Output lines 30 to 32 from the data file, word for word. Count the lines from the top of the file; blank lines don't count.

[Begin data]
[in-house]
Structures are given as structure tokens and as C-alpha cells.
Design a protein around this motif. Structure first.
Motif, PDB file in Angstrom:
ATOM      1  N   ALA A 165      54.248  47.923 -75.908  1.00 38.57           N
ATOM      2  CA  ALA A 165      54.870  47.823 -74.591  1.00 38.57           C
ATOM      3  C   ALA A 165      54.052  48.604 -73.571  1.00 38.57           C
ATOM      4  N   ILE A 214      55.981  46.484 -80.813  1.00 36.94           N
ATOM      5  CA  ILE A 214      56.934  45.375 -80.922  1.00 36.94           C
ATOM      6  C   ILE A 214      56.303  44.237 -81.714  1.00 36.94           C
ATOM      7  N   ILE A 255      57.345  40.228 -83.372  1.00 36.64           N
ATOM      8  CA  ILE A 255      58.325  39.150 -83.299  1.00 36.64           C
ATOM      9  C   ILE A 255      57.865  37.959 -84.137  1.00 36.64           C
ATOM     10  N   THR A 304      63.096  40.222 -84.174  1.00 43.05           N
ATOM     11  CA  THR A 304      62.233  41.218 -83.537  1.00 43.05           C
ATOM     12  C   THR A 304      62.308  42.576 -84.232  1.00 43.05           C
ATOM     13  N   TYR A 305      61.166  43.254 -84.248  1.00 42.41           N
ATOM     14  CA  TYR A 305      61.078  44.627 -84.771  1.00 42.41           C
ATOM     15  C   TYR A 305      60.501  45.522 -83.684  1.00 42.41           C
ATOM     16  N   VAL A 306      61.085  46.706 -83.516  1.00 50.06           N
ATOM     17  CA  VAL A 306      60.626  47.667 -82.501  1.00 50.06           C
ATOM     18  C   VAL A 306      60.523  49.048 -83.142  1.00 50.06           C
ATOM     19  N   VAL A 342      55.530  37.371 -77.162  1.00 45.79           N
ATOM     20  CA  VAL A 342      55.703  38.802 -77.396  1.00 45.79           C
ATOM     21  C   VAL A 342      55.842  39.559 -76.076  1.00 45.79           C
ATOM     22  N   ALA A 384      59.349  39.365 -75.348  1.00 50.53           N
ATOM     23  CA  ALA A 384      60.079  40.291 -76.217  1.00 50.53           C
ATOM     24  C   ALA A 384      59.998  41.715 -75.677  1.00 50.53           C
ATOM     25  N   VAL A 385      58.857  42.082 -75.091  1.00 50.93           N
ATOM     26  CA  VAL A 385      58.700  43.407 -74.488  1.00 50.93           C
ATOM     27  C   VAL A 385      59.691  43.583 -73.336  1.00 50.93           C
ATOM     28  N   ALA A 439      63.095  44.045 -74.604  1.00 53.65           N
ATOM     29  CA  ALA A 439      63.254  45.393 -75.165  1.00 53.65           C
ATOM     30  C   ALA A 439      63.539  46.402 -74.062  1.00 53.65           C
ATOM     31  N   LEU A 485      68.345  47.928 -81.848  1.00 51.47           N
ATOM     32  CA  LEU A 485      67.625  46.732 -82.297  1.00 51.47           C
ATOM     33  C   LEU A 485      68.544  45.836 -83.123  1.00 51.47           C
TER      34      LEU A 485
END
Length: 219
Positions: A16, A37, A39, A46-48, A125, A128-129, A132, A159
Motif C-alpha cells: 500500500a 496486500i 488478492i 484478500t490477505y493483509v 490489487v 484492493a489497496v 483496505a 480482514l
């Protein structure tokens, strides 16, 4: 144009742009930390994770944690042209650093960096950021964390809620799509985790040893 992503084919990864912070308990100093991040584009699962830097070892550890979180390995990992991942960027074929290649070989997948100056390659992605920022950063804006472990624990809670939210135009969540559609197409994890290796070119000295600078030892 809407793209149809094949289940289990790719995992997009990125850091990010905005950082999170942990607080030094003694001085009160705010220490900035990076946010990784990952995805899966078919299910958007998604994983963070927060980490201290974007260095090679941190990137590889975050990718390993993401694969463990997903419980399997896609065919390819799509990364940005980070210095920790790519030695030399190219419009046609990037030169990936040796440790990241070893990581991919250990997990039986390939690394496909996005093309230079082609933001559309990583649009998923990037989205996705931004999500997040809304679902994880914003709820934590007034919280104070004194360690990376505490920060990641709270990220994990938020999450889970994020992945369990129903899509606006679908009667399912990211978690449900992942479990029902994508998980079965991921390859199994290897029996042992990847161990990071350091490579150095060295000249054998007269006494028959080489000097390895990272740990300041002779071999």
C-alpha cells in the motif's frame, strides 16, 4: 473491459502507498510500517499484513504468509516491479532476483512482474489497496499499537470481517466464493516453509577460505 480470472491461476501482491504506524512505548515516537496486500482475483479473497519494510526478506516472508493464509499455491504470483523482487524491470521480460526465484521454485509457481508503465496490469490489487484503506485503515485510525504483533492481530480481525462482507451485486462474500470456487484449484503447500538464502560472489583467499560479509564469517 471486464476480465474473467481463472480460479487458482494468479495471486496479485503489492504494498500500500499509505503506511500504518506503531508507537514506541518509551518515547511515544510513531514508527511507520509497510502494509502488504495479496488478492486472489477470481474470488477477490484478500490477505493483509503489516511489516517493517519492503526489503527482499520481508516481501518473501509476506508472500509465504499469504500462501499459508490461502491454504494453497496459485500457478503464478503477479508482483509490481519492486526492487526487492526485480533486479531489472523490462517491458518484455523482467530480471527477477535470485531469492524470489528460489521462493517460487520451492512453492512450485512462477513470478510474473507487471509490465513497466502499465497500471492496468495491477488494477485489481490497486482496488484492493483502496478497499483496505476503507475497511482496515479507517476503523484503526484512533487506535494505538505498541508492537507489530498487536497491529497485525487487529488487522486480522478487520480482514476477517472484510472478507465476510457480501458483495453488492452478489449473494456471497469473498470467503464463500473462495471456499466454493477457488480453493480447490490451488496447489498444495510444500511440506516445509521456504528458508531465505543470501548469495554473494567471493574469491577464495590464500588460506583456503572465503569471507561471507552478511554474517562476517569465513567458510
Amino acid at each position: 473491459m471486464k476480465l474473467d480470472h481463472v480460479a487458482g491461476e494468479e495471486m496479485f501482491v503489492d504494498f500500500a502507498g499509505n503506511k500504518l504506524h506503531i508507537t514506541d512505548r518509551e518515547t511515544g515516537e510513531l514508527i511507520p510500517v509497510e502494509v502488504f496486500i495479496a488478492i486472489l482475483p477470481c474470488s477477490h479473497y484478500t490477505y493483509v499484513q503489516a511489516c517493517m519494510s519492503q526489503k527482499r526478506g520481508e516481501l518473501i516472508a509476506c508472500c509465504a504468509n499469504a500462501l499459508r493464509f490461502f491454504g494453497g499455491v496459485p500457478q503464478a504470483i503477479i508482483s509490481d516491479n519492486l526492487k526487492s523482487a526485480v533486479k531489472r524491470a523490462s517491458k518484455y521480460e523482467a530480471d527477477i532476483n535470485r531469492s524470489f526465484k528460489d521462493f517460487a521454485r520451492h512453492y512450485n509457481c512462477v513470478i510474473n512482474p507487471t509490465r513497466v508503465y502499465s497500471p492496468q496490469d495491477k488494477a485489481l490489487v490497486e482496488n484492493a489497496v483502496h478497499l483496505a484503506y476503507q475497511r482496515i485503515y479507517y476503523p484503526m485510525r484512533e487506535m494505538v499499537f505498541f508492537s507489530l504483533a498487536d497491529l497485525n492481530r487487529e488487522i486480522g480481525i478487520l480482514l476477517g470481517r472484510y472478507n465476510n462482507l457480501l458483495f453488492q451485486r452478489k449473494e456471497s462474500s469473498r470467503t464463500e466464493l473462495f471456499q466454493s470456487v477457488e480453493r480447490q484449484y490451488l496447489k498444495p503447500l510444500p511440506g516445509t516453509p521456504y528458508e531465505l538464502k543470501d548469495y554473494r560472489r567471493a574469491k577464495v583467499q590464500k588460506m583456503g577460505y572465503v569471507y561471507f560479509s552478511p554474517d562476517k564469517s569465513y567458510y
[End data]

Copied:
ATOM     26  CA  VAL A 385      58.700  43.407 -74.488  1.00 50.93           C
ATOM     27  C   VAL A 385      59.691  43.583 -73.336  1.00 50.93           C
ATOM     28  N   ALA A 439      63.095  44.045 -74.604  1.00 53.65           N